Friday, 11 January 2013

Romancing with Alison Henderson

Welcome to Romancing the Novelist.
This week I'm hosting the talented Alison Henderson. Welcome Alison.


What draws you as a reader to the romance genre?

I started reading romance about twenty-five years ago when the first big, lush historicals by writers such as Kathleen Woodiwiss dominated the market.  I was instantly hooked by the larger-than-life characters, high drama, sensuality, and, of course, the happy endings.  Romance fiction has evolved into a cornucopia of sub-genres since then, and I enjoy reading (and writing) many of them.  Fortunately, readers can still rely on the most important element—the happily-ever-after ending.

What is the most difficult part of writing a love story?

I don’t think love stories are harder to write than any other kind of story.  The hardest part for me is always creating sufficient conflict between the hero and heroine.  I know they’re perfect for each other, and I struggle to throw enough obstacles in their path to keep them from recognizing it too soon.

Is creating a book title easy for you? Tell us about the process.

I enjoy coming up with titles. Since I need to have a solid working title before I get too far in a new book, the title is often the first thing I write.  It’s important to me that the title connect with the essence of the story.  Here are a few examples:

My first book, Harvest of Dreams, is the story of a young Civil War widow who owns an apple orchard and has buried her dreams along with her husband.

The title of my second book, A Man Like That, refers to the heroine’s mother’s haughty dismissal of the ex-outlaw hero.

In my new novella, The Treasure of Como Bluff, the hero and heroine are hunting for different types of treasure and risk missing the real treasure right under their noses.

Do your characters love the direction you take for them or do they have other ideas?

I’m a plotter rather than a pantser, so I have a good idea of where my story is going before I start writing.  I also do detailed character studies in advance.  My characters sometimes surprise me with the things they say, but so far they haven’t fought back against the story I’ve given them.

Any tips for writers that you'd love to share?

You’ve heard it a hundred times, but I’m going to say it again—never give up.  I’m not kidding.  I wrote my first manuscript more than twenty years ago.  It was never published and didn’t deserve to be, but I learned so many important lessons writing it—not the least of which was that I was capable of writing an entire book.  I wrote a second, followed by a third.  I signed with an agent and fired her.  Refusing to give up, I climbed on the submit/re-write/submit merry-go-round for several more years.  Along the way, both books won multiple contests, and the encouraging words of the judges kept me going.  Ultimately, I found a wonderful publishing home with a small press and couldn’t be happier.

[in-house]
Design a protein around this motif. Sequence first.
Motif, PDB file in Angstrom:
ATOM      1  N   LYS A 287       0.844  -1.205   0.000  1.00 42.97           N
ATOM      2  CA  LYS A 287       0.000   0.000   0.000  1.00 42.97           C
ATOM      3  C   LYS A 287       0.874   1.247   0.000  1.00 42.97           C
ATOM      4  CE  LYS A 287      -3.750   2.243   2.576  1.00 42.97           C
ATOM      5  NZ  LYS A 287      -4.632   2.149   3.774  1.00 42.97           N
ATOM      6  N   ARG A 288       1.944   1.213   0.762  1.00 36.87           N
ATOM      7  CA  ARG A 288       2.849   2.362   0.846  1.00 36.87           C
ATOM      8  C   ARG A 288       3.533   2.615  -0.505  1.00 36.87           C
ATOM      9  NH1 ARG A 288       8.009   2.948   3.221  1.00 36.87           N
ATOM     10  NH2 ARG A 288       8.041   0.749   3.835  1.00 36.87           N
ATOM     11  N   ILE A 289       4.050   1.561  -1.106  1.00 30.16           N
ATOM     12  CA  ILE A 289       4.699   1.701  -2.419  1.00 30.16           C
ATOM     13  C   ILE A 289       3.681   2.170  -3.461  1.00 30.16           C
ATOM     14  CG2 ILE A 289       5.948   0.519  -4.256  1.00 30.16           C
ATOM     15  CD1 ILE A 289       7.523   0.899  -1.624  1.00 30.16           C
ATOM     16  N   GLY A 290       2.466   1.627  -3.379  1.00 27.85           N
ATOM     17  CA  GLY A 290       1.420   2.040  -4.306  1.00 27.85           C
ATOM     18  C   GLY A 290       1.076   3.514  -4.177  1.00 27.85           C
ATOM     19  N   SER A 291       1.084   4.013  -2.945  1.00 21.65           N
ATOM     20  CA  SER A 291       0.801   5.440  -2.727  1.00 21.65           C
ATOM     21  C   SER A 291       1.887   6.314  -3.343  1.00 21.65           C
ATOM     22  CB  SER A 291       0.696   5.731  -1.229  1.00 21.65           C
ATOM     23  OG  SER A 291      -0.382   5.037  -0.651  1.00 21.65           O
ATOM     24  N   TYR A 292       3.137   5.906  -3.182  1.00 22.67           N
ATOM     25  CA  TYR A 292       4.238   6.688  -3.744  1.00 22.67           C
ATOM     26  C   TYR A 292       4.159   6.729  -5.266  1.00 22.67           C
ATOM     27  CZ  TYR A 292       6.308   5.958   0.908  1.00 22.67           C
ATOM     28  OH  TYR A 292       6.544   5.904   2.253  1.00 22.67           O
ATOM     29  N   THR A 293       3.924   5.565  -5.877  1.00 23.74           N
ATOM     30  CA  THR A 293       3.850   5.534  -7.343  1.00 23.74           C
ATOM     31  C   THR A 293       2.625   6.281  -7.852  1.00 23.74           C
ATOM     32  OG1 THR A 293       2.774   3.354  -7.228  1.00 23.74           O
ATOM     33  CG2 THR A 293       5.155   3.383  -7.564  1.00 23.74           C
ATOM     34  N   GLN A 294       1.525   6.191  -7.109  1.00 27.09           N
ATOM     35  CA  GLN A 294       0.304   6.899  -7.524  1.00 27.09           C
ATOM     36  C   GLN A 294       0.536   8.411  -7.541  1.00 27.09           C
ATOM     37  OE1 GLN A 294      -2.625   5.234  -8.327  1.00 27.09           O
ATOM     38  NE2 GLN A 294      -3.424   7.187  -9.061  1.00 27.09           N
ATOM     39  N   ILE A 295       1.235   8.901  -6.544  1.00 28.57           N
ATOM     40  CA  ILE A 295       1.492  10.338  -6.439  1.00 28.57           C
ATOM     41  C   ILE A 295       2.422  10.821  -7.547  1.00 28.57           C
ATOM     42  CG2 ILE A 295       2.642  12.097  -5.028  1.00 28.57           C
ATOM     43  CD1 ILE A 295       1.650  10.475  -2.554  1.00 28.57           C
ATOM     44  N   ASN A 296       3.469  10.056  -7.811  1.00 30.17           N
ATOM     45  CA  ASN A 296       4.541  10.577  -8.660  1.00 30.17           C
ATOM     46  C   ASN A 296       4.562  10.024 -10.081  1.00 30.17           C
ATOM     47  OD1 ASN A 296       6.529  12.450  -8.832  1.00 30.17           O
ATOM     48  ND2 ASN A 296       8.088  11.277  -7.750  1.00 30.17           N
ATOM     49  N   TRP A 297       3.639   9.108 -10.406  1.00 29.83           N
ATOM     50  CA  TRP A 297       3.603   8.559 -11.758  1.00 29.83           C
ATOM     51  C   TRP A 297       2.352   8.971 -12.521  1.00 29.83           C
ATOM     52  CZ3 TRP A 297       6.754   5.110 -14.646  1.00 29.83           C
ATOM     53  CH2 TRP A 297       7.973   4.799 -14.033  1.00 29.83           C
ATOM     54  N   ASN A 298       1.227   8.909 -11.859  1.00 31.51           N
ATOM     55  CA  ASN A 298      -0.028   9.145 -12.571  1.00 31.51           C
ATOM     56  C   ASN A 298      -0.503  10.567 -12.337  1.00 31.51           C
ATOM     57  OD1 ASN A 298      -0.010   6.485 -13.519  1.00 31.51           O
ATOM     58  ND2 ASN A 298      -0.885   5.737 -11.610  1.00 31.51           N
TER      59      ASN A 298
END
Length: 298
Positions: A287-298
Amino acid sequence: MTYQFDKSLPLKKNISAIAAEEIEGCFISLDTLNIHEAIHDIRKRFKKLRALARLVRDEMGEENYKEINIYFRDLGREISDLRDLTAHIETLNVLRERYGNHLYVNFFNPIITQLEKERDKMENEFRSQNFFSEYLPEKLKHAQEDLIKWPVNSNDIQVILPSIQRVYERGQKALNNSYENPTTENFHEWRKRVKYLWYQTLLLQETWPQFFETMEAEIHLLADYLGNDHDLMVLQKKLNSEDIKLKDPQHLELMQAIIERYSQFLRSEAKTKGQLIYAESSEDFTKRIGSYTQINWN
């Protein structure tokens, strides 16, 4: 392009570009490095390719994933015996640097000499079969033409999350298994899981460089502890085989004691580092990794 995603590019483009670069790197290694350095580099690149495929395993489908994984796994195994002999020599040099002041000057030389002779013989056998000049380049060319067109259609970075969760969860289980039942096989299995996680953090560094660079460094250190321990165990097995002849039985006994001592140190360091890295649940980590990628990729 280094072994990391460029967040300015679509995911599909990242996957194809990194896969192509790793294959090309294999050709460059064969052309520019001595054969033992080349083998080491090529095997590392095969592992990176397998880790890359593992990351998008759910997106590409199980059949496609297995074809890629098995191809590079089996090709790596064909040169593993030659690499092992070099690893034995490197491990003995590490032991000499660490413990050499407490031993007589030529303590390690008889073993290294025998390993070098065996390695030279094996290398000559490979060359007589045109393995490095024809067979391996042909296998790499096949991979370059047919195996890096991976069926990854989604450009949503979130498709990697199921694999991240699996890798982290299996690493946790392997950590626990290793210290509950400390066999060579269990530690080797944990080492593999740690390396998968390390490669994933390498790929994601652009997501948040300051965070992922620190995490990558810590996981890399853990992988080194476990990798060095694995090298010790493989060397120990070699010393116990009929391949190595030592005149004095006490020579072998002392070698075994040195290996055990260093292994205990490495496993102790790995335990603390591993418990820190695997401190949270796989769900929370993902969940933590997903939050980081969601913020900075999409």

Tell us about your next book.

I’ve completed a sharp, snappy contemporary romance featuring the proprietor of an all-female bodyguard agency entitled Unwritten Rules that I’m considering self publishing to learn more about the process.

I also have two WIP’s going at the moment, another humorous western historical novella entitled Delilah and the Badman and the first in a contemporary trilogy about three sisters who are artists in a fictional California coastal town called Sanctuary Cove. 



Alison Henderson
www.alisonhenderson
Buy The Treasure of Como Bluff 







Thanks so much for guesting on my blog, Alison. 

7 comments:

  1. Thinking about what you said about the evolution of romance novels. There are so many sub-genres now, it's no wonder they out sell all other genres. As times get tougher, we need those HEAs even more.

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    1. Sandra, I completely agree about the HEAs. I'm basically a very optimistic person, but romance novels have carried me through the roughest times of my life. That's got to be the primary appeal for readers.

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  2. I struggle with the conflict part of it too. I know I have to keep my characters apart for most of the story, but I don't always want to. I'm as eager as they are to finally get to their HEA!

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  3. I think the difficulty in creating enough tension between the H&H is the reason I like writing suspense. When they begin to get a little too close, you ramp up the suspense aspect to keep them apart. Great interview.

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  4. Oooh, bring on the bodyguards! I love the idea of your contemporary. I also love what you say about the different kinds of treasure in Como Bluff - it's great when titles have layers to them and give you different perspectives on the story.

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